Nadal, Djokovic clash becomes second longest semi-final at Wimbledon

Nadal, Djokovic clash becomes second longest semi-final at Wimbledon

Held in the backdrop of a waterfall with the audience watching, it is gladiatorial fight to the death.

It was a second day of epic drama at the All England Club after Kevin Anderson had needed 6 hours and 36 minutes to beat John Isner on Friday.

Djokovic led by two sets to one when play was halted on Friday evening and the Serb returned under the Centre Court roof to win the second longest men's semi-final in Wimbledon history at five hours and 14 minutes. That one took three days to complete and officially lasted 11 hours 5 minutes. But the ex-Illini had his serve broken in Game 9 of that set before he double-faulted while up 8-7 in the tiebreaker.

Anderson had break points in the 15th, 21st and 35th games of the decider before taking victory when a tired Isner hit long. And it came in suitably dramatic fashion.

But while Anderson and Isner's titanic tussle was more an exercise in totting up aces, this was a cast-iron classic.

The three-time champion had a tiny bit more than Nadal at the end and grabbed the crucial break of serve at 9-8 up to close out another phenomenal match.

Anderson will play again in the final on Sunday - hopefully there, a victor will be decided in four sets or less. He then botched a backhand into the net, and the rest, was courtesy.

The match wasn't just notable because it was long. At stake is a place in Sunday's men's final against the man who was partly at fault for keeping Nadal and Djokovic out there so late. But Nadal did not waver, coming back with a hold and a break to go up 5-3.

That's 99 games, 102 combined aces and 569 points. "These kind of matches you live for and work for".

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Nadal will regret his missed opportunity the night before, when he was in the ascendancy but passed up two set points. Both had chances, but the tiebreaks were also tied one each. Isner and Anderson, both giants capable of enormous serves, just kept blasting the ball past each other, trading service and sides of the court as the rules dictated, but rarely ever competing in a compelling rally.

Isner is an exceptional server - one of the best ever, if not the best. Indeed, the only error the South African committed in the second set was on set point. "It is what it is, I'm in the final of Wimbledon and it's an incredible achievement for me". Anderson, who typically shows a reserved demeanor, would frequently fist-pump after winning a point. He repeatedly sent serves back at Nadal's feet, forcing errors and taking control of the point. "Yes, I mean, it's hard for me to play tennis and not believe that I can be the best in what I do".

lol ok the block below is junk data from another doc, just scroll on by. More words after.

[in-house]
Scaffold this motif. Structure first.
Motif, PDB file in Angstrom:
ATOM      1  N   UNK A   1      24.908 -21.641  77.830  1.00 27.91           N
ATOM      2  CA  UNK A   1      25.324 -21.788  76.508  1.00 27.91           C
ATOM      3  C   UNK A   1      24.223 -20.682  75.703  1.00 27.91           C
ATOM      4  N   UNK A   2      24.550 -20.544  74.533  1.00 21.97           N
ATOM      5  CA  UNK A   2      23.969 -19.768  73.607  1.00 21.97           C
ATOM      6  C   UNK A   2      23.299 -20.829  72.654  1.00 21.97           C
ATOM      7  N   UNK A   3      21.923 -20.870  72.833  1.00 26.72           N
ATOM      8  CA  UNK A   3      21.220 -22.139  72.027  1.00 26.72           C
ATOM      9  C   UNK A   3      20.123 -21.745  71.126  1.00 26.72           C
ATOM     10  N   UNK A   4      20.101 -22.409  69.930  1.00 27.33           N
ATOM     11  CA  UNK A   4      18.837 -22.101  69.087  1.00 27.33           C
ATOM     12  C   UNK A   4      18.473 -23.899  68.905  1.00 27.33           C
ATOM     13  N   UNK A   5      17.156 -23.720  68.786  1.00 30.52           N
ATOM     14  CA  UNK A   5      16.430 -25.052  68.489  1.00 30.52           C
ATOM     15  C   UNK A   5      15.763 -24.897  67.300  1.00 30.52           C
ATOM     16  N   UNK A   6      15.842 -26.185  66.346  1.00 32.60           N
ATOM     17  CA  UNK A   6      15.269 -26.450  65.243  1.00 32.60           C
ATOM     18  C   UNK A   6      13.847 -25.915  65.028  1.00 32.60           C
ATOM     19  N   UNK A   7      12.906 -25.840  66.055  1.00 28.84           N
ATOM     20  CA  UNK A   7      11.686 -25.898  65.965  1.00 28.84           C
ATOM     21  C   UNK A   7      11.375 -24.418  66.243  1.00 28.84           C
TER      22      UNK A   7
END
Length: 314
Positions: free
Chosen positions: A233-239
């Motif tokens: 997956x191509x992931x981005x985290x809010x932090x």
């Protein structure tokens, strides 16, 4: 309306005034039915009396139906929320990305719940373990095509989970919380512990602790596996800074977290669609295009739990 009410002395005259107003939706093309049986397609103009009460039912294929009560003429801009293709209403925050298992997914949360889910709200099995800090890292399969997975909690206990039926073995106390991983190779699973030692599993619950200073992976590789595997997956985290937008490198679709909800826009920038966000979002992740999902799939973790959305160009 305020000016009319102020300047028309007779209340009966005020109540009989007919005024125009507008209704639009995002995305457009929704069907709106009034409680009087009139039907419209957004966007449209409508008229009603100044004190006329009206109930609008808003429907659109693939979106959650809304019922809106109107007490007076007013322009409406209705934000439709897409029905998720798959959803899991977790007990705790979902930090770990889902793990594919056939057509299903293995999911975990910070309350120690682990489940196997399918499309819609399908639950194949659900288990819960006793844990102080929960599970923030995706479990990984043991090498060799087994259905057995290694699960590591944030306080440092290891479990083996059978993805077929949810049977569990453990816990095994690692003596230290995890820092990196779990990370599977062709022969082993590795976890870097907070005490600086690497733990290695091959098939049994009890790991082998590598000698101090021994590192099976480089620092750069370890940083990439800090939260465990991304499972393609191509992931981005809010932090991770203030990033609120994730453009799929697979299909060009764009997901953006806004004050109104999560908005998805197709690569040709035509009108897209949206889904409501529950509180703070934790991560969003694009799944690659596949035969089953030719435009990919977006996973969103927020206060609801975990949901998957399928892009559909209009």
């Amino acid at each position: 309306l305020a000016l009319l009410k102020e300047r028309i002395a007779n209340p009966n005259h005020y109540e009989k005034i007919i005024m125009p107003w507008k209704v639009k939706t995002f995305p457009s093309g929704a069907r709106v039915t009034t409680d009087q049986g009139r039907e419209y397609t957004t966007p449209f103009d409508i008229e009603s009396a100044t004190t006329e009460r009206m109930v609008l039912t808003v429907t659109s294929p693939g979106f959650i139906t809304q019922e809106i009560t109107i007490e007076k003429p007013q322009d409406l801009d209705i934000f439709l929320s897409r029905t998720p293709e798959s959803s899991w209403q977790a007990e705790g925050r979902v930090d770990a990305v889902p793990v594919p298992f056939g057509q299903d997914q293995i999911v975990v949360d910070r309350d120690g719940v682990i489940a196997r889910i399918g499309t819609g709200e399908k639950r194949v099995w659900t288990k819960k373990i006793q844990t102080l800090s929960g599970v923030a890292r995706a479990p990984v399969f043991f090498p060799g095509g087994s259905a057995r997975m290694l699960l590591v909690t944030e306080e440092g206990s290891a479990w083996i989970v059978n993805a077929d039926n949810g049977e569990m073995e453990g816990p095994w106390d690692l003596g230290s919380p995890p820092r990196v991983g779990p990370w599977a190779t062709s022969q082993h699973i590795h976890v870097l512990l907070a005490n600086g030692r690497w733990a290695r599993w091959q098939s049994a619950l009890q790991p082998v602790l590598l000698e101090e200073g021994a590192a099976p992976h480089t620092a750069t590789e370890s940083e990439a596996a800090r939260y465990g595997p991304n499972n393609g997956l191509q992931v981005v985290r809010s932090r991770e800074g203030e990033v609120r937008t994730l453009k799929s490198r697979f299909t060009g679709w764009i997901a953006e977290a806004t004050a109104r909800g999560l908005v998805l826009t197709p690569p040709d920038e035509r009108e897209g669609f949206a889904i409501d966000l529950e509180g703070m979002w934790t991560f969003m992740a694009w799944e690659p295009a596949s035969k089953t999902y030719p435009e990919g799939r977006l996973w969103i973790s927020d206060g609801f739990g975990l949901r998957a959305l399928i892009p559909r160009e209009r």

If there were two tennis players prepared for this long-drawn combat, they were these two.

The fifth set alone lasted almost 3 hours as the semifinal became a test of endurance more than skill.

Anderson, a 32-year-old South African, reached the U.S. Open final last year and pulled off a quarterfinal upset Wednesday of top-seeded Roger Federer, which went to 13-11 in the fifth set. The memes started flooding Twitter, jokes came faster than the winners. Djokovic retired in that match because of a toe blister. He was already leaning on his racquet for support. It's way beyond a normal tennis match or tactics.

"A sensible option", Isner called it.

"In my opinion, he deserved it", Nadal said.

Anderson was so exhausted, he didn't have the energy to actually celebrate what is, till now, the biggest win of his career. His performance matched his ideal season as he won his third Grand Slam of the calendar year.

Play is scheduled to resume Saturday at 1pm local time (7pm Thailand time), before the women's final between Serena Williams and Angelique Kerber.

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